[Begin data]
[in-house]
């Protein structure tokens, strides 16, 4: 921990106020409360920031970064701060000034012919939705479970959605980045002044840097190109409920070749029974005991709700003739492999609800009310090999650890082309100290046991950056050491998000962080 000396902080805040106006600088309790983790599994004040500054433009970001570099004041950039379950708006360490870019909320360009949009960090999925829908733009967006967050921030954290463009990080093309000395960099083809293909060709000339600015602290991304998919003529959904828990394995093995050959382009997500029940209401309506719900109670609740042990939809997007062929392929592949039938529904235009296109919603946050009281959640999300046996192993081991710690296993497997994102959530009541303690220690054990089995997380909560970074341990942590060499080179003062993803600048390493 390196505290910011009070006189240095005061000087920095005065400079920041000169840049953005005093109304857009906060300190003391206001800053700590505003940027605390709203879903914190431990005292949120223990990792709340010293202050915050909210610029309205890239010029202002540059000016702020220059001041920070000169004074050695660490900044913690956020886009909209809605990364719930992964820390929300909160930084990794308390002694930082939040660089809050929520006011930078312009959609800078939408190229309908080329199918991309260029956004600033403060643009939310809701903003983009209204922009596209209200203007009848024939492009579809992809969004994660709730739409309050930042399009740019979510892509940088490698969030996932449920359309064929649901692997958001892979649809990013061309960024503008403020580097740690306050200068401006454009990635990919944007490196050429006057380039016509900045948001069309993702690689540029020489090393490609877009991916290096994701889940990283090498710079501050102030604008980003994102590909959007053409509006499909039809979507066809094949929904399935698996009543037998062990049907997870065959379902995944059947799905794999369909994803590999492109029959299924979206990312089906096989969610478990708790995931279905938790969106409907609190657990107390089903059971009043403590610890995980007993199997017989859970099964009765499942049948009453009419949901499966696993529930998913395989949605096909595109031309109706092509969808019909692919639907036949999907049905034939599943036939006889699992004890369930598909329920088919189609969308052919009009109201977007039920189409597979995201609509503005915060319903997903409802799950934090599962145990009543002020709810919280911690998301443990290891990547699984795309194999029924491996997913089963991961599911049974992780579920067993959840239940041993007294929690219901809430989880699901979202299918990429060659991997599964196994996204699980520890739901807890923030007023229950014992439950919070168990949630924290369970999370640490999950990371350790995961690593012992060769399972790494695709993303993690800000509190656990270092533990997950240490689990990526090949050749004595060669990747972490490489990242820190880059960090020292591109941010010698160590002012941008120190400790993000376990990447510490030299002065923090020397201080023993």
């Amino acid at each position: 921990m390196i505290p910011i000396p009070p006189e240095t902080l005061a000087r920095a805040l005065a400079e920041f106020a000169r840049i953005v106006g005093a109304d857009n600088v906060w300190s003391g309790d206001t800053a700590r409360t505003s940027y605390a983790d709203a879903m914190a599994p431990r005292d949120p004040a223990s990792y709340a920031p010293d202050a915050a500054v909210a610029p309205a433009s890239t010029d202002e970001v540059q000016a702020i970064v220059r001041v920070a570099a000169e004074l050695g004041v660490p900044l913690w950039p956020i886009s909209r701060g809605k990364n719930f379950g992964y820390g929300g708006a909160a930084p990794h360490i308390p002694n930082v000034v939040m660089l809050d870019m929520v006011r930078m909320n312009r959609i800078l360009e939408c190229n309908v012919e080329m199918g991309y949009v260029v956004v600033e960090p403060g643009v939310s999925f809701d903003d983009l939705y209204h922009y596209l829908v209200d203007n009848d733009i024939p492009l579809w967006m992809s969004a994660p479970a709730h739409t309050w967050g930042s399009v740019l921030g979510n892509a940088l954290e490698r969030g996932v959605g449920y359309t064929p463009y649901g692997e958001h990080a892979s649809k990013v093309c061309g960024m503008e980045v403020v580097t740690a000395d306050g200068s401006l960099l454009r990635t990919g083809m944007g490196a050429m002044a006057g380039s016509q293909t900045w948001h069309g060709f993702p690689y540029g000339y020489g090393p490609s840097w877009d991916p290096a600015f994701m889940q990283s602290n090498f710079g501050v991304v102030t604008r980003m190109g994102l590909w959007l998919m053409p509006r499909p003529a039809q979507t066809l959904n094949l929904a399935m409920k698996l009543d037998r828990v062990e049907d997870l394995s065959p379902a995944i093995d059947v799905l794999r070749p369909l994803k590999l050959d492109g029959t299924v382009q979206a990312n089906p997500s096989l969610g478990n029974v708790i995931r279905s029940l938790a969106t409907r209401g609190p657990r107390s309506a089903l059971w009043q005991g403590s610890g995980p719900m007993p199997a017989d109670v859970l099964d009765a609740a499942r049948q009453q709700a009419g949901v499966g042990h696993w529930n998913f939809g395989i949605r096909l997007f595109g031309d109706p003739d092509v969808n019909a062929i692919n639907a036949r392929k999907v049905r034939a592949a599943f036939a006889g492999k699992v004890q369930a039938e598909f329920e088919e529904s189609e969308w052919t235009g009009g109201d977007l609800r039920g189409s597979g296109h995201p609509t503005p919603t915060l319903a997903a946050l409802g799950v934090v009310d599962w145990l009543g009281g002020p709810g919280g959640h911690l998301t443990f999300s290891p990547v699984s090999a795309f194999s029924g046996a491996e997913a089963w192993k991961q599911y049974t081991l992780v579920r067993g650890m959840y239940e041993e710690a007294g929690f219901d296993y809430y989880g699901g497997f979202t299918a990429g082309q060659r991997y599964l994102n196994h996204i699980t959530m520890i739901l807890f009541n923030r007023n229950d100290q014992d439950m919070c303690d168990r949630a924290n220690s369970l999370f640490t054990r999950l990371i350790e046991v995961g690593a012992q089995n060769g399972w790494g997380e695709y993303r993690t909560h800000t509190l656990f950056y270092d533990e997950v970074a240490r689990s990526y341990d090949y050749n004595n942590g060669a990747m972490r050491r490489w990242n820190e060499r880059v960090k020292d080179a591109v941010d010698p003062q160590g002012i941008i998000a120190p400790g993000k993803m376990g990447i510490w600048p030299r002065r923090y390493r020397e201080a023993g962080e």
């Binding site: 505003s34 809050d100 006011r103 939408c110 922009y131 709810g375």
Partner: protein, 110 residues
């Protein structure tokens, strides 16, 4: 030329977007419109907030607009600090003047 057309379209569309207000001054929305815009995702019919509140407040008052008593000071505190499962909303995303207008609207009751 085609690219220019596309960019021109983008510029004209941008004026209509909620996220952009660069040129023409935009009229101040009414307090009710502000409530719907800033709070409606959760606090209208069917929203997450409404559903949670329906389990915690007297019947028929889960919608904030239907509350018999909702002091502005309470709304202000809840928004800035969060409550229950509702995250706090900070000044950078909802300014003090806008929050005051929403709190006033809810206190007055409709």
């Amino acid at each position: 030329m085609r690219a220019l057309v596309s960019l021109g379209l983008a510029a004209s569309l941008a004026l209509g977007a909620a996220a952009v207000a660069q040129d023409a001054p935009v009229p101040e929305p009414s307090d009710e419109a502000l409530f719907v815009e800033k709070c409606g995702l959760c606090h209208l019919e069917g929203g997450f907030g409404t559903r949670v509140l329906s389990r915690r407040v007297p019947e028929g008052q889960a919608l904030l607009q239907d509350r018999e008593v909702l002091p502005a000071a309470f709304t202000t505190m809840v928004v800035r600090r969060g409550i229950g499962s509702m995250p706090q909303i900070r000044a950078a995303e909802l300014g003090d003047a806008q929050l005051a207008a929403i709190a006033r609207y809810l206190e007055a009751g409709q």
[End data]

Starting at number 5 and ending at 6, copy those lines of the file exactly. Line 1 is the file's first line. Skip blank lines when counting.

Partner: protein, 110 residues
């Protein structure tokens, strides 16, 4: 030329977007419109907030607009600090003047 057309379209569309207000001054929305815009995702019919509140407040008052008593000071505190499962909303995303207008609207009751 085609690219220019596309960019021109983008510029004209941008004026209509909620996220952009660069040129023409935009009229101040009414307090009710502000409530719907800033709070409606959760606090209208069917929203997450409404559903949670329906389990915690007297019947028929889960919608904030239907509350018999909702002091502005309470709304202000809840928004800035969060409550229950509702995250706090900070000044950078909802300014003090806008929050005051929403709190006033809810206190007055409709």